- United States treasury 10-year yields have pulled back from recent highs
- Federal Reserve Chairman Jerome Powell said US economy at an “inflection point” with growth and hiring set to accelerate
- Markets wary of US earnings season in case results do not meet expectations
LME three-month base metals prices were down across the board this morning, with prices down by an average of 1.4%, led by a 2.7% fall in nickel ($16,170 per tonne) while lead ($1,967 per tonne) was off the least with a 0.3% fall. Copper was down by 1.2% at $8,822 per tonne.
The most-active base metals contracts on the SHFE were down by an average of 1.9%, with May aluminium and lead down the least with falls of 0.8% and 0.7% respectively, with June nickel down by 3.4% and May copper off by 1.7% at 65,700 yuan ($10,024) per tonne.
Precious metals were also weaker this morning, down by an average of 0.3%, with spot gold off by 0.2% at $1,739.66 per oz.
The yield on US 10-year treasuries has pulled back from recent highs and was at 1.66% this morning, down from a high just shy of 1.78% on March 30.
Asian-Pacific equities were mainly weaker on Monday: the CSI 300 (-1.58%), the Nikkei (-0.77%), the Hang Seng (-0.97%) and the ASX 200 (-0.52%), while the Kospi (+0.51%) bucked the trend.
The US Dollar Index is consolidating around the 92.27 level having pulled back in recent days from an end-of-March high at 93.44.
The other major currencies were mixed: the euro (1.1887), sterling (1.3702), the yen (109.57) and the Australian dollar (0.7609).
Key data already out showed Japanese bank lending rose by 6.3% year on year in March, which was in line with expectations, the country’s producer price index climbed by 1% in March after a 0.6% fall in February, and preliminary machine tool orders were up by 65% in March, compared with a 36.7% rise in February.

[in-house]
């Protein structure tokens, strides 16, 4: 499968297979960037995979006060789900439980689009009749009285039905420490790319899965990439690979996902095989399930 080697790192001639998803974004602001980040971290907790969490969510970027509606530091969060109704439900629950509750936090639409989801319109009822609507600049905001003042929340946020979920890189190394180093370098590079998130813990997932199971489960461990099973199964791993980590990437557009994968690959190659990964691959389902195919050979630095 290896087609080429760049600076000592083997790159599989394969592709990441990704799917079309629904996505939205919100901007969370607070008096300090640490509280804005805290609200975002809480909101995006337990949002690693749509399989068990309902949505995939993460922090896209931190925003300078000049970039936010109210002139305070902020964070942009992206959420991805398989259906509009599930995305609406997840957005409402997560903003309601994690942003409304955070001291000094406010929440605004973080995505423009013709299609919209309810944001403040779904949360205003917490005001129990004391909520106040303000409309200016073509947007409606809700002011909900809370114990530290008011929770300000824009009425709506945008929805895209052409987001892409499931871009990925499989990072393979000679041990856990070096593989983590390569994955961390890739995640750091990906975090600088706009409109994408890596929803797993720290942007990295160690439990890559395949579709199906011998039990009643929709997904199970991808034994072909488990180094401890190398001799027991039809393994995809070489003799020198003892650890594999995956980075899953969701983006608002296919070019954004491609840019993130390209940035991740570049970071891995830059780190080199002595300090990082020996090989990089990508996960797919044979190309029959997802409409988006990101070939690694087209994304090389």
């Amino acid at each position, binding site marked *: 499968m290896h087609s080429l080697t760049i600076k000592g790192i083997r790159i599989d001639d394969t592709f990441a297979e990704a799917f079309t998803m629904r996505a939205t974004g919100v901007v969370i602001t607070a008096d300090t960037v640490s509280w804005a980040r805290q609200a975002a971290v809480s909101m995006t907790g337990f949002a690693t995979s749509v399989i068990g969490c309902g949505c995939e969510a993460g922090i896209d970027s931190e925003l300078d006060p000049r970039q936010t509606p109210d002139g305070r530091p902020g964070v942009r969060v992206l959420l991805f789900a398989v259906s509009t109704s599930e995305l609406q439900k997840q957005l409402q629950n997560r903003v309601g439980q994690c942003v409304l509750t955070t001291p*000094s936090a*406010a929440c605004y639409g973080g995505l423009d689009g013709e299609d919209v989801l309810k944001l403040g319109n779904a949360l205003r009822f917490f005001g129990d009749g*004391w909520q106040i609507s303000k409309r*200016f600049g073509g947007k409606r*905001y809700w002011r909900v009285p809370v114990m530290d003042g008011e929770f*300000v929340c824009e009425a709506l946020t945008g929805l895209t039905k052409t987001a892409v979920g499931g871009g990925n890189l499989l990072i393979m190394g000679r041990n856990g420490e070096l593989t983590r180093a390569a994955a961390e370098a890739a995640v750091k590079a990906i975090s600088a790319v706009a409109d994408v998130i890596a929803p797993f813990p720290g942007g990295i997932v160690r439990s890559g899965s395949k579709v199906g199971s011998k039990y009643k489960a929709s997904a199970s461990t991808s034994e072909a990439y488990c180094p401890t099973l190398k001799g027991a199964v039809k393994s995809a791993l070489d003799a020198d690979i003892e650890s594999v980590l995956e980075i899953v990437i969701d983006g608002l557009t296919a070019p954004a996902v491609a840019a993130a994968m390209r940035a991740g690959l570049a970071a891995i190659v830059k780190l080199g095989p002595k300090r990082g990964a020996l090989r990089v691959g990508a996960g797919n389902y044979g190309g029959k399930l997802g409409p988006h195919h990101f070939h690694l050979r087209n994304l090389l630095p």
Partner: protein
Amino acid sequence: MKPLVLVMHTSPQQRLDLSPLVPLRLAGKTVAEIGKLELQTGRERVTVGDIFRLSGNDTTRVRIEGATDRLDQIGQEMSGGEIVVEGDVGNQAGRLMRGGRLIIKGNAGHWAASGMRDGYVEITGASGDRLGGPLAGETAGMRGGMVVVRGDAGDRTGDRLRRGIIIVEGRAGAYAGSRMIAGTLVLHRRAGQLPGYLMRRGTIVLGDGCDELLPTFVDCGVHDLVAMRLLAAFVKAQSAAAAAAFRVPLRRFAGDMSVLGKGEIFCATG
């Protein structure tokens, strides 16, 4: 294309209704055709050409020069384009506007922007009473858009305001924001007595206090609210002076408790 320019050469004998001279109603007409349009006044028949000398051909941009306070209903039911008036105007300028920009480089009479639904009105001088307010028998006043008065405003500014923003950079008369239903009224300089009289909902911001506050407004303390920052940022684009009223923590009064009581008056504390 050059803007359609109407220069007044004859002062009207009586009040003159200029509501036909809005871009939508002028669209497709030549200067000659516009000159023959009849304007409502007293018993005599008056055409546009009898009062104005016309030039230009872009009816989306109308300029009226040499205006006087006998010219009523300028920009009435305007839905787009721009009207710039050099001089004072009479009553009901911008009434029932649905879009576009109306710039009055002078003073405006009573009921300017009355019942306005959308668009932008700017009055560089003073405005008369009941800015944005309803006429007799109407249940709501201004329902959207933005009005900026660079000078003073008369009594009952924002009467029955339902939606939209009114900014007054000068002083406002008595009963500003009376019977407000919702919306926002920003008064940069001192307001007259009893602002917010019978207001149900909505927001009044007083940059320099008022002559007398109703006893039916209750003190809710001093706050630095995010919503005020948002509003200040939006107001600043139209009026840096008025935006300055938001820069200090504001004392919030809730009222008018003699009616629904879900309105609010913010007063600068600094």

Later there is data out on retail sales in the European Union and the US Federal budget balance.
In addition, Bank of England Monetary Policy Committee member Silvana Tenreyro is scheduled to speak.
Today’s key themes and views
The base metals remain stuck in consolidation patterns that are for most metals just below recent high ground, with lead and nickel being the exceptions in that their prices are consolidating further down from the highs. While we are bullish for the metals overall, we see potential downside risk coming from outside the metals markets. If equities start to suffer then that might well drag metals down too, at least initially.
Gold prices have once again bounced having found support in late March, as they did in early March, which suggests a base may be in place. If inflationary pressures start to rise and that prompts weakness in equities and bonds then the need for havens may well pick up.